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Chapter 21

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Chapter 21

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  1. Chapter 21 Heating, Ventilating, and Air-Conditioning

  2. Introduction • Heating, ventilating, and air-conditioning (HVAC) • Heating and air-conditioning equipment, and systems found in a building • Also referred to as the mechanical system • Regulates temperature • International Residential Code (IRC) • Requires a heating unit in any residence built in an area where winter design temperature is below 60°

  3. Central Forced-Air Systems

  4. Forced-Air Heating Plans • Complete forced-air heating plans show: • Size, location, and number of British thermal units (Btu) dispersed from warm-air supplies • Location and size of cold-air return • Location, type, and output of furnace • Providing duct space (i.e., chase) • When ducted heating and cooling systems are used, duct location becomes important

  5. Hot Water Systems • Water is heated in an oil- or gas-fired boiler • Then circulated through pipes to radiators or convectors

  6. Heat Pump Systems • Forced-air central heating and cooling system • Compressor and circulating refrigerant system

  7. Zone Control Systems • One heater and one thermostat per room • No duct work • Only heaters in occupied rooms need to be turned on • Types: • Baseboard • Fan heaters • Split systems

  8. Radiant Heat • Radiant heating and cooling systems • Control surface temperatures • Minimize excessive air motion • Annual operating cost savings of 20% to 50% • Lower thermostat settings • Superior, cost-effective design

  9. Thermostats • Automatic mechanism for controlling heating or cooling by a central or zonal system • Location is important

  10. Heat Recovery and Ventilation • Uses a counter flow heat exchanger between inbound and outbound airflow • Air pollutants • Principle reason for installation • Air-to-air heat exchangers • Pulls polluted, stale, warm air from the space and transfers heat in that air to fresh, cold air being pulled into the space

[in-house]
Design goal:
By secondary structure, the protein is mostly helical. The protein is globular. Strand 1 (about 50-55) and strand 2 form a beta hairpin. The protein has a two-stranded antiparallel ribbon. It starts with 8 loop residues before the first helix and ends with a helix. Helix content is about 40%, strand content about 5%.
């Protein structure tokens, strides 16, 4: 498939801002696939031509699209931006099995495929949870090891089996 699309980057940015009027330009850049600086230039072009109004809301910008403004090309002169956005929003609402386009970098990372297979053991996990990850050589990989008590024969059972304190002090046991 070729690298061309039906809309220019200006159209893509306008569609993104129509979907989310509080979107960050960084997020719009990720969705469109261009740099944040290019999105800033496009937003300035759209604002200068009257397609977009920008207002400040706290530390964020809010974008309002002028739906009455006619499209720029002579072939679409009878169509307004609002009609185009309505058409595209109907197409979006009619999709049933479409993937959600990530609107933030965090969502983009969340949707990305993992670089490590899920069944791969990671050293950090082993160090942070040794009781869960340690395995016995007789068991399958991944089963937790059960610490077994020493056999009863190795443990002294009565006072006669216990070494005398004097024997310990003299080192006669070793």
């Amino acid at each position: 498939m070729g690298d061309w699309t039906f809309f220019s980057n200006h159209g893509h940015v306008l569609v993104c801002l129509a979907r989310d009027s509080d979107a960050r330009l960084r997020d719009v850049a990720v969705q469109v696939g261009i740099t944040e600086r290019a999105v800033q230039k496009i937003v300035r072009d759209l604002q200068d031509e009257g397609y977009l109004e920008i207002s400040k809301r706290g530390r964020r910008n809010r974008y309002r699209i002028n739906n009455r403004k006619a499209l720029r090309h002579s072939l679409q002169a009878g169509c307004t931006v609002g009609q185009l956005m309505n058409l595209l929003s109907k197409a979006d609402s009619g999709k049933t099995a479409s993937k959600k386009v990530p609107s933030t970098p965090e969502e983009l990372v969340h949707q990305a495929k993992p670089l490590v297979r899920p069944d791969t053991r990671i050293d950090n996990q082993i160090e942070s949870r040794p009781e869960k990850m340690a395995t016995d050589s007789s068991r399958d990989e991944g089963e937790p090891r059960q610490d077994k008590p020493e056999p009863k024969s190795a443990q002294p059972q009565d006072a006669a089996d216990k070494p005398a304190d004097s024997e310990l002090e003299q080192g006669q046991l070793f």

11. Exhaust Systems: Code Requirements • Exhausts are part of the HVAC system • Exhaust systems are required to remove odors, steam, moisture, and pollutants • Refer to the text for basic general code requirements

  12. Central Vacuum Systems • Advantages: • Affordability and increased home resale value • Removal of dirt too heavy for most units • Exhaust of dirt and dust out of the space • No motor unit or electric cords • Less noise • Savings in cleaning time • Ability to vary vacuum pressure

  13. HVAC Symbols • More than a hundred HVAC symbols can be used in heating plans • Only a few are typically used in residential HVAC • Refer to Figure 21-13 for common HVAC symbols

  14. Universal HVAC Design • Issues to consider in designing a building for people with disabilities • Thermostats • Placement • Available in Braille, large print, or with clicks • Heating systems • Electric forced-air furnaces or heat pumps may be preferred • Consider placement, allergies, filters, and timers

  15. HVAC Code Requirements • National Energy Conservation Code regulates the design and construction of: • Exterior envelope and selection of HVAC • Service water heating • Electrical distribution • Illuminating systems and required equipment • Refer to the text for general code requirements

  16. Thermal Calculations for Heating/Cooling • Necessary to establish the correct: • Furnace • Ductwork • Supply • Return register specifications • Historical primary use • Calculate design heat load of houses to estimate gas and oil heating systems size

  17. Thermal Calculations for Heating/Cooling (cont’d.) • HVAC terminology: • Btu • Compass point • Duct loss • Grains • Heat transfer multiplier • Indoor temperature • Indoor wet bulb • Infiltration • Internal heat gain • Latent load • Mechanical ventilation

  18. Thermal Calculations for Heating/Cooling (cont’d.) • HVAC terminology (cont’d.): • Outdoor temperature • Outdoor wet bulb • R-factor • Sensible load calculations • Temperature difference • U-factor

  19. Steps in Filling Out the Residential Heating Data Sheet • Completed residential heating data sheet • Two-page data sheet • Divided into several categories • Calculations result in total heat loss • Refer to the text for steps to complete the form • Also refer to Figures 21-14 and 21-15

  20. Steps in Filling Out the Residential Cooling Data Sheet • Completed residential cooling data sheet • Two-page data sheet • Divided into several categories • Calculations result in total sensible and latent heat gain • Refer to the text for steps to complete the form • Also refer to Figures 21-14 and 21-16

  21. HVAC Drawings • Drawings for the HVAC system show: • Size and location of all equipment, ductwork, and components • Use accurate symbols, specifications, notes, and schedules • Form the basis of contract requirements for construction

  22. HVAC Drawings (cont’d.) • Include: • Single-and double-line HVAC plans • Detail drawings • Section drawings • HVAC schedules • HVAC pictorial drawings

  23. HVAC Plan Drawing Checklist • Refer to the text for a HVAC drawing checklist • Check off the items in the list as you work on the HVAC plan • Ensures all the necessary items are included